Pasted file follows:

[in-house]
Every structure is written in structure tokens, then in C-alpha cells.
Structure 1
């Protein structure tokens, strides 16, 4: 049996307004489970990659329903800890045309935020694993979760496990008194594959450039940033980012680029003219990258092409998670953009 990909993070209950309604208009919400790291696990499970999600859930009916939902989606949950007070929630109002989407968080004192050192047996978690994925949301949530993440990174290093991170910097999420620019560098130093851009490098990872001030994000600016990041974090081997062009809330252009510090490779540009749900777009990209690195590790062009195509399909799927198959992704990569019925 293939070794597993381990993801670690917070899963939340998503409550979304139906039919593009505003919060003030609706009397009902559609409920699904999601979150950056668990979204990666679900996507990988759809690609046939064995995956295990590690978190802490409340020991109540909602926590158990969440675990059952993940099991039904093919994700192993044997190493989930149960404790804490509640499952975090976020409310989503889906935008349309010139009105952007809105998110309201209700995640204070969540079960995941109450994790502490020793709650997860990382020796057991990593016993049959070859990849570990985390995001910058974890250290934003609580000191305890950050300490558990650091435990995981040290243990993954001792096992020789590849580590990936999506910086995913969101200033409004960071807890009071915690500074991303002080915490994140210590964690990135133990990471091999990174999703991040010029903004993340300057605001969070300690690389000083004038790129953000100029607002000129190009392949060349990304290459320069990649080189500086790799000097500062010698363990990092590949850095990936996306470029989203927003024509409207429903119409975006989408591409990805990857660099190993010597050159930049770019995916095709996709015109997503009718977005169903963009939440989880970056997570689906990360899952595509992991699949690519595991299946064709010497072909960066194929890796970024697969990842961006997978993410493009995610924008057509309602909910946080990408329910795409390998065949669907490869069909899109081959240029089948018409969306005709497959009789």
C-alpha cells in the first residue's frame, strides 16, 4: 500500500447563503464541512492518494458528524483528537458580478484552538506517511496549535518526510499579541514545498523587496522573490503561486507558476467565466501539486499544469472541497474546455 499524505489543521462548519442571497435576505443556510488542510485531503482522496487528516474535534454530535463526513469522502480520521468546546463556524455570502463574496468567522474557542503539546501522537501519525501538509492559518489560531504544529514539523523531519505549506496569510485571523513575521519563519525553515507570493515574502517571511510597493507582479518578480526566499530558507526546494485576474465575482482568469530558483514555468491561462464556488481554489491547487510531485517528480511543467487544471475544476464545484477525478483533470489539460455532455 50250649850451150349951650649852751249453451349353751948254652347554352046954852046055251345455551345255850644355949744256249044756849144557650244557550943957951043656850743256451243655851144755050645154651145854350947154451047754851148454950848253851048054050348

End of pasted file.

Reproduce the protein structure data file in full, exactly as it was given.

[in-house]
Every structure is written in structure tokens, then in C-alpha cells.
Structure 1
């Protein structure tokens, strides 16, 4: 049996307004489970990659329903800890045309935020694993979760496990008194594959450039940033980012680029003219990258092409998670953009 990909993070209950309604208009919400790291696990499970999600859930009916939902989606949950007070929630109002989407968080004192050192047996978690994925949301949530993440990174290093991170910097999420620019560098130093851009490098990872001030994000600016990041974090081997062009809330252009510090490779540009749900777009990209690195590790062009195509399909799927198959992704990569019925 293939070794597993381990993801670690917070899963939340998503409550979304139906039919593009505003919060003030609706009397009902559609409920699904999601979150950056668990979204990666679900996507990988759809690609046939064995995956295990590690978190802490409340020991109540909602926590158990969440675990059952993940099991039904093919994700192993044997190493989930149960404790804490509640499952975090976020409310989503889906935008349309010139009105952007809105998110309201209700995640204070969540079960995941109450994790502490020793709650997860990382020796057991990593016993049959070859990849570990985390995001910058974890250290934003609580000191305890950050300490558990650091435990995981040290243990993954001792096992020789590849580590990936999506910086995913969101200033409004960071807890009071915690500074991303002080915490994140210590964690990135133990990471091999990174999703991040010029903004993340300057605001969070300690690389000083004038790129953000100029607002000129190009392949060349990304290459320069990649080189500086790799000097500062010698363990990092590949850095990936996306470029989203927003024509409207429903119409975006989408591409990805990857660099190993010597050159930049770019995916095709996709015109997503009718977005169903963009939440989880970056997570689906990360899952595509992991699949690519595991299946064709010497072909960066194929890796970024697969990842961006997978993410493009995610924008057509309602909910946080990408329910795409390998065949669907490869069909899109081959240029089948018409969306005709497959009789």
C-alpha cells in the first residue's frame, strides 16, 4: 500500500447563503464541512492518494458528524483528537458580478484552538506517511496549535518526510499579541514545498523587496522573490503561486507558476467565466501539486499544469472541497474546455 499524505489543521462548519442571497435576505443556510488542510485531503482522496487528516474535534454530535463526513469522502480520521468546546463556524455570502463574496468567522474557542503539546501522537501519525501538509492559518489560531504544529514539523523531519505549506496569510485571523513575521519563519525553515507570493515574502517571511510597493507582479518578480526566499530558507526546494485576474465575482482568469530558483514555468491561462464556488481554489491547487510531485517528480511543467487544471475544476464545484477525478483533470489539460455532455 50250649850451150349951650649852751249453451349353751948254652347554352046954852046055251345455551345255850644355949744256249044756849144557650244557550943957951043656850743256451243655851144755050645154651145854350947154451047754851148454950848253851048054050348